The Fifth Sunday of Easter, Gospel Year A
PRAYER AND PRAISE
Psalm 31:1-5, 15-16
Fifth Sunday of Easter
Analysis by Bruce K. Modahl
1In you, O LORD, have I taken refuge; let me never be put to shame;
deliver me in your righteousness.
2Incline your ear to me;
make haste to de- liver me.
3Be my strong rock, a castle to keep me safe, for you are my crag and my stronghold;
for the sake of your name, lead me and guide me.
4Take me out of the net that they have secretly set for me,
for you are my tow- er of strength.
5Into your hands I com- mend my spirit,
for you have redeemed me, O LORD, God of truth.
15My times are in your hand;
rescue me from the hand of my enemies, and from those who persecute me.
16Let your face shine up- on your servant;
save me in your steadfast love.”
Step 1: Initial Diagnosis (External Problem): Enemies Abound
Psalm 31 offers prayer and praise for deliverance from enemies. The psalmist is shamed, trapped in a net and in need of rescue and redemption. The psalmist is persecuted and in the hand of enemies.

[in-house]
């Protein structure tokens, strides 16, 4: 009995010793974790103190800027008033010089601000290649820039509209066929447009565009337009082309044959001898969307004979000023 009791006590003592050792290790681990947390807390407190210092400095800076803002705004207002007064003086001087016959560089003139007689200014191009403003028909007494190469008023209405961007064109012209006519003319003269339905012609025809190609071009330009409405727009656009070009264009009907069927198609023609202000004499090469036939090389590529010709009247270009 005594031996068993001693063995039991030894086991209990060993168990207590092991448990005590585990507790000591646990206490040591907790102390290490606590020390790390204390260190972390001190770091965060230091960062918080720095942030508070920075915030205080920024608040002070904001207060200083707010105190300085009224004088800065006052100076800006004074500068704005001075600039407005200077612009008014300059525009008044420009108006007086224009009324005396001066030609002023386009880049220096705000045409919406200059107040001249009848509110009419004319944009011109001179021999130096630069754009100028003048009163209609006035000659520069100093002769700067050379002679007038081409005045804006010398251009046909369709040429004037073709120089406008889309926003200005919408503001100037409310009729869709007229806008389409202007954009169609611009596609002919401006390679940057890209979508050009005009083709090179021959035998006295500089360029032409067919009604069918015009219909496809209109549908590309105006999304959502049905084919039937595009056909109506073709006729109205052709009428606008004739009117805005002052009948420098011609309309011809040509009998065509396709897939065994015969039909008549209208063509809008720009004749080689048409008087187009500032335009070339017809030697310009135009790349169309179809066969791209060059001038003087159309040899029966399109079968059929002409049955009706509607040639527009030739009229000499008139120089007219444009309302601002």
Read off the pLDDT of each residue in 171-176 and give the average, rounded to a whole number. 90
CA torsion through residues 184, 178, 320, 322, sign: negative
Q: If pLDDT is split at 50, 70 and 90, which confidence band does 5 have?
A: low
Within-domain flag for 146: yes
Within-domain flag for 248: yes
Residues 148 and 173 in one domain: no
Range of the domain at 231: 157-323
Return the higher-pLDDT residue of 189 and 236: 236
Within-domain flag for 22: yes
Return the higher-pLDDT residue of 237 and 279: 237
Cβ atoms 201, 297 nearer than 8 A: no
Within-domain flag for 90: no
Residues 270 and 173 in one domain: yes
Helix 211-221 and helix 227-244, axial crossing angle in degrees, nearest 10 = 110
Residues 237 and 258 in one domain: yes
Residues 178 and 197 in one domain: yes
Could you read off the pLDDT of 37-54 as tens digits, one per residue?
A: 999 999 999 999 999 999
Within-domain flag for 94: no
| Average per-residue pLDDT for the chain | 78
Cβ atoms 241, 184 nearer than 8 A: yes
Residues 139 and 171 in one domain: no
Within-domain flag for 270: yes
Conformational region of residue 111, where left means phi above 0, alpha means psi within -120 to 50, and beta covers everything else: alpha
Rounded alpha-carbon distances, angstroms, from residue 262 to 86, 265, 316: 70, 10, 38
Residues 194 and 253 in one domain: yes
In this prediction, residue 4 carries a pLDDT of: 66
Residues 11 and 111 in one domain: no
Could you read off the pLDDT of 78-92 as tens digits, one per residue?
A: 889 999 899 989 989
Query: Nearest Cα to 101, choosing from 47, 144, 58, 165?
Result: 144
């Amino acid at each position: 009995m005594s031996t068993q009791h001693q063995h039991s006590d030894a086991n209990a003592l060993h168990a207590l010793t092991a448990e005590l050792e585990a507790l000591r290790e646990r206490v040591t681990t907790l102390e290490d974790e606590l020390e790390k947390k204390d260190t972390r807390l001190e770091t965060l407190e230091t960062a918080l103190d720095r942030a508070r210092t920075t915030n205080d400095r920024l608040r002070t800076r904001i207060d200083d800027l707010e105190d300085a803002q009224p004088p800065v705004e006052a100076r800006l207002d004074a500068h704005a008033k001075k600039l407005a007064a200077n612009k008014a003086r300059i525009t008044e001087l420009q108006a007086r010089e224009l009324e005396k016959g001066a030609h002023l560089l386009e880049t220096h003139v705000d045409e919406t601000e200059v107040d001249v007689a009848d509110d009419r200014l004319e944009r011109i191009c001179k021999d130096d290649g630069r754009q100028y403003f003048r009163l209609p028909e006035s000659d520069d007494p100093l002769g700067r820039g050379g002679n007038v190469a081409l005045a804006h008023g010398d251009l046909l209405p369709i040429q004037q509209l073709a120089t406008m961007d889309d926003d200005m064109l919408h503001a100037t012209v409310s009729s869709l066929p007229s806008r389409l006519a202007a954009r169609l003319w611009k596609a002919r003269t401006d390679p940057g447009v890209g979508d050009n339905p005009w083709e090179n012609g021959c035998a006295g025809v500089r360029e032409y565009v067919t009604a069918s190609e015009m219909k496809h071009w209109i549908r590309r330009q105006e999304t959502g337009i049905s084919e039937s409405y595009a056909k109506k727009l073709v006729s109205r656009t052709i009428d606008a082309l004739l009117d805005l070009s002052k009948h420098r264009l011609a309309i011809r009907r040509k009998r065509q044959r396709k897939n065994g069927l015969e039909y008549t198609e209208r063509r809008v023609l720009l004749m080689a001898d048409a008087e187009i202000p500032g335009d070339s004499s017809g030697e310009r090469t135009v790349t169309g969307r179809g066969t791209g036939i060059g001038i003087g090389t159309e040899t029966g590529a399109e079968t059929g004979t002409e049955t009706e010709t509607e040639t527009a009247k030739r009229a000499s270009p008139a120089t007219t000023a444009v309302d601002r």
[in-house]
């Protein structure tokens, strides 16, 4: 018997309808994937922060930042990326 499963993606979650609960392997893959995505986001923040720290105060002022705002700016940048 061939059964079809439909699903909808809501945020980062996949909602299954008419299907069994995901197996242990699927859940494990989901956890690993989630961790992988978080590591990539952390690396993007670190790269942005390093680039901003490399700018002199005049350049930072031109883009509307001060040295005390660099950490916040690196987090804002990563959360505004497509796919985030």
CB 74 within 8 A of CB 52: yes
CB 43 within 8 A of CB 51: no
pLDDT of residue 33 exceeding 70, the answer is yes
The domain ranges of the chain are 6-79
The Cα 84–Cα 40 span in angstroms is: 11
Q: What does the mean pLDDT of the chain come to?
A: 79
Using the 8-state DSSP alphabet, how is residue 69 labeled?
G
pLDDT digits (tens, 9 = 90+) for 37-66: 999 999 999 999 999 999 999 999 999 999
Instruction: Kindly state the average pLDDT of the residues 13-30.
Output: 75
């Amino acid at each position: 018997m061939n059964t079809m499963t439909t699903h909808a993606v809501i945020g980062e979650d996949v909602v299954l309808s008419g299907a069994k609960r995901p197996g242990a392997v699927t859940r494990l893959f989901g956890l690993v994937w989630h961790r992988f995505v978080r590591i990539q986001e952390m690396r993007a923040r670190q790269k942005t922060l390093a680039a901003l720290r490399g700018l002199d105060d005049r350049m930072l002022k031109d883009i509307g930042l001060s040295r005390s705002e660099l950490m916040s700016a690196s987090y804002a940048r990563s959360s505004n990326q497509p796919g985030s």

Psalms are written to encompass a variety of circumstances. The context in which this psalm is read is the stoning of Stephen in the first reading and a well-known funeral text for the Gospel reading. COVID-19 is the overarching context as these words are heard most likely in an online worship service. Enemies abound.
Step 2: Advanced Diagnosis (Internal Problem): The Enemy Within
The psalmist asserts trust in God, God’s power, and God’s loving intent for him. Yet the power of these enemies is imminent and dreadful. He is caught in that place we all find ourselves, yearning to trust in God, insisting God is more powerful, but the power of the enemy is at hand; we are vulnerable and afraid.
The psalmist takes a misstep common to us. In verse 6 (vv. 17-19, 23), he presumes on his own righteousness as the basis for his hope in God’s rescue. This is not to overlook the perfidy of the enemies surrounding him. However, calling upon his own righteousness reveals an enemy within.